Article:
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J Cell Biol. 1998 May 4;141(3):755-64.

Vinculin is part of the cadherin-catenin junctional complex: complex formation between alpha-catenin and vinculin.

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Cell Biology, Zoological Institute, Technical University, 38092 Braunschweig, Germany.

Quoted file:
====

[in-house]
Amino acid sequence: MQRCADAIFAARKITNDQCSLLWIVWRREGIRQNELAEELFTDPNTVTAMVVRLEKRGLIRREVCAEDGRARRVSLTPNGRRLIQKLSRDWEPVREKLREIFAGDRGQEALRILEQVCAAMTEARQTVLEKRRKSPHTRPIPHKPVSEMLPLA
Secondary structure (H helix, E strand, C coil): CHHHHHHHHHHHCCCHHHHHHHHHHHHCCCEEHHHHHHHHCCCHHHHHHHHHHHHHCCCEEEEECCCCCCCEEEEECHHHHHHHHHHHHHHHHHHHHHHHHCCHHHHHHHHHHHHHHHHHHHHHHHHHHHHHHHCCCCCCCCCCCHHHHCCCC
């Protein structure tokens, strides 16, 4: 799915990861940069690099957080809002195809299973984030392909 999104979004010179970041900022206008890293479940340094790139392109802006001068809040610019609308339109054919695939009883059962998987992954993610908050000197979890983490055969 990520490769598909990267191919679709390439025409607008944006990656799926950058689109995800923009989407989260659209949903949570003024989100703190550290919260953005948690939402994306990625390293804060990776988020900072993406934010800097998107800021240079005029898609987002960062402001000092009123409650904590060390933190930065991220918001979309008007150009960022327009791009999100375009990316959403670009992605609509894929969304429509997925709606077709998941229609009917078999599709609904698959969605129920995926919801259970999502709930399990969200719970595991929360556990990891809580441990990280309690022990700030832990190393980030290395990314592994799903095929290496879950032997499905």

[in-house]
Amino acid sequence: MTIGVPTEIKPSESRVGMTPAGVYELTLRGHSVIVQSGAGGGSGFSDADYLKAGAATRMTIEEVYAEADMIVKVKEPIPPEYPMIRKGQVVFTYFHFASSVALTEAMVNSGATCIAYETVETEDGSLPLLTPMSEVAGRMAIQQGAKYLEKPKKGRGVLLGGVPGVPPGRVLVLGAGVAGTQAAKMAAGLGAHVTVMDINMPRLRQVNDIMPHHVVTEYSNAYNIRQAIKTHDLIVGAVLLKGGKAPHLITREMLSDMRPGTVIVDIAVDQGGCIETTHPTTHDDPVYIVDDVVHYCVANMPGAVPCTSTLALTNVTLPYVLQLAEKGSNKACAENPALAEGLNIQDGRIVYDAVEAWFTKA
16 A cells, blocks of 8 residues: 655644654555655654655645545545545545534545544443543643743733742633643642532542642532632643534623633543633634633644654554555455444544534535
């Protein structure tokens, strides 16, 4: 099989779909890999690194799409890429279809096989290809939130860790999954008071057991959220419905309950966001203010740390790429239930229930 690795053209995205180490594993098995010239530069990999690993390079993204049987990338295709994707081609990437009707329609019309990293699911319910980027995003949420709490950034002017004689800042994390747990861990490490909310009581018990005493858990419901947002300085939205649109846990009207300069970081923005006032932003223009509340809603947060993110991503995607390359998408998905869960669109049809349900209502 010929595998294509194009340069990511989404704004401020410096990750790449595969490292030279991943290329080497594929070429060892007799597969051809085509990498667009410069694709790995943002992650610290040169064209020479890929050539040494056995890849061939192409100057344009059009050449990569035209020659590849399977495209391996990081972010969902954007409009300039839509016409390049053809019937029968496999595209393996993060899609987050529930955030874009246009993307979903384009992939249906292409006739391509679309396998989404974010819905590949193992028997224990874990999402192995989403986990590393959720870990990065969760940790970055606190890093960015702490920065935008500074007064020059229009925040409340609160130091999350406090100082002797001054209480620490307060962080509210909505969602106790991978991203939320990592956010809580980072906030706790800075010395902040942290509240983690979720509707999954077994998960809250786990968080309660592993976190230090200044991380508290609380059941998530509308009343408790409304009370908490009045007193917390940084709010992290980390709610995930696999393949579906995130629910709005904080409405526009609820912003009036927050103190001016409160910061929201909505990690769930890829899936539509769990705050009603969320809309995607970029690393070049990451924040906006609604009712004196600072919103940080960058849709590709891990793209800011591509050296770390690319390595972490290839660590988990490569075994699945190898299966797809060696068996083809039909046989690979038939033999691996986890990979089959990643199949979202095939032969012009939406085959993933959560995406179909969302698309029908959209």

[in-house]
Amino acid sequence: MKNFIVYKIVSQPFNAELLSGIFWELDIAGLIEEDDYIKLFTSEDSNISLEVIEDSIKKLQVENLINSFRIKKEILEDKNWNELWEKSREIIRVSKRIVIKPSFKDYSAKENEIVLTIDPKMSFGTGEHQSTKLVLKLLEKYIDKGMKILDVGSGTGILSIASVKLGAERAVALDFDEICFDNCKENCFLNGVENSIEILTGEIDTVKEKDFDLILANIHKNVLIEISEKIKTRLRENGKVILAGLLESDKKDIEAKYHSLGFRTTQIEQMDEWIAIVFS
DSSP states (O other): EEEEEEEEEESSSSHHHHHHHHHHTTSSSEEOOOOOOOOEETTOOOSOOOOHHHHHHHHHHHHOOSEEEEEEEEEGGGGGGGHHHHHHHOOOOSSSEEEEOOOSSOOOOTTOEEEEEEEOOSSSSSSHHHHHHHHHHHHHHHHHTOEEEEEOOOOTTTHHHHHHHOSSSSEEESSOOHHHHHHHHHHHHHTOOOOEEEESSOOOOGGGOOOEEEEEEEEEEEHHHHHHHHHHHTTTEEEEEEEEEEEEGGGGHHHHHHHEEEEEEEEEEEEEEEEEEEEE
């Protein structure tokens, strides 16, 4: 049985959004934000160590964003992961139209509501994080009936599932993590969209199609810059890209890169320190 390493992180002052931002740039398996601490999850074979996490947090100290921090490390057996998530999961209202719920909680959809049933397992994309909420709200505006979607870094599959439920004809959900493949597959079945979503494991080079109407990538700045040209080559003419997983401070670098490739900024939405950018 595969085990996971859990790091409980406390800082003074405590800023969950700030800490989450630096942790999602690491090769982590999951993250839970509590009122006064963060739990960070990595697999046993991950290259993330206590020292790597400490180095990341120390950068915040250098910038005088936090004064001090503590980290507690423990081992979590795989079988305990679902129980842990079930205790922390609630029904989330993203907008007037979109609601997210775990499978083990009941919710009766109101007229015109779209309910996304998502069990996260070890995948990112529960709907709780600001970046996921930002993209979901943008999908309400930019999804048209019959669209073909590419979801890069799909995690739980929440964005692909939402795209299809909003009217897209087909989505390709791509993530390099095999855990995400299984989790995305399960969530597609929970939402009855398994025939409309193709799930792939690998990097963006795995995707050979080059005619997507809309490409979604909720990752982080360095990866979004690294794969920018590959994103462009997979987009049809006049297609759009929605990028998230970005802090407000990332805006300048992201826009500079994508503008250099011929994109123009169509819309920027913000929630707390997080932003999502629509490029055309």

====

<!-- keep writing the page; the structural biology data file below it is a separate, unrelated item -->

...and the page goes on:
In epithelial cells, alpha-, beta-, and gamma-catenin are involved in linking the peripheral microfilament belt to the transmembrane protein E-cadherin. alpha-Catenin exhibits sequence homologies over three regions to vinculin, another adherens junction protein. While vinculin is found in cell-matrix and cell-cell contacts, alpha-catenin is restricted to the latter. To elucidate, whether vinculin is part of the cell-cell junctional complex, we investigated complex formation and intracellular targeting of vinculin and alpha-catenin. We show that alpha-catenin colocalizes at cell-cell contacts with endogenous vinculin and also with the transfected vinculin head domain forming immunoprecipitable complexes. In vitro, the vinculin NH2-terminal head binds to alpha-catenin, as seen by immunoprecipitation, dot overlay, cosedimentation, and surface plasmon resonance measurements. The Kd of the complex was determined to 2-4 x 10(-7) M. As seen by overlays and affinity mass spectrometry, the COOH-terminal region of alpha-catenin is involved in this interaction. Complex formation of vinculin and alpha-catenin was challenged in transfected cells. In PtK2 cells, intact alpha-catenin and alpha-catenin1-670, harboring the beta-catenin- binding site, were directed to cell-cell contacts. In contrast, alpha-catenin697-906 fragments were recruited to cell-cell contacts, focal adhesions, and stress fibers. Our results imply that in vivo alpha-catenin, like vinculin, is tightly regulated in its ligand binding activity.

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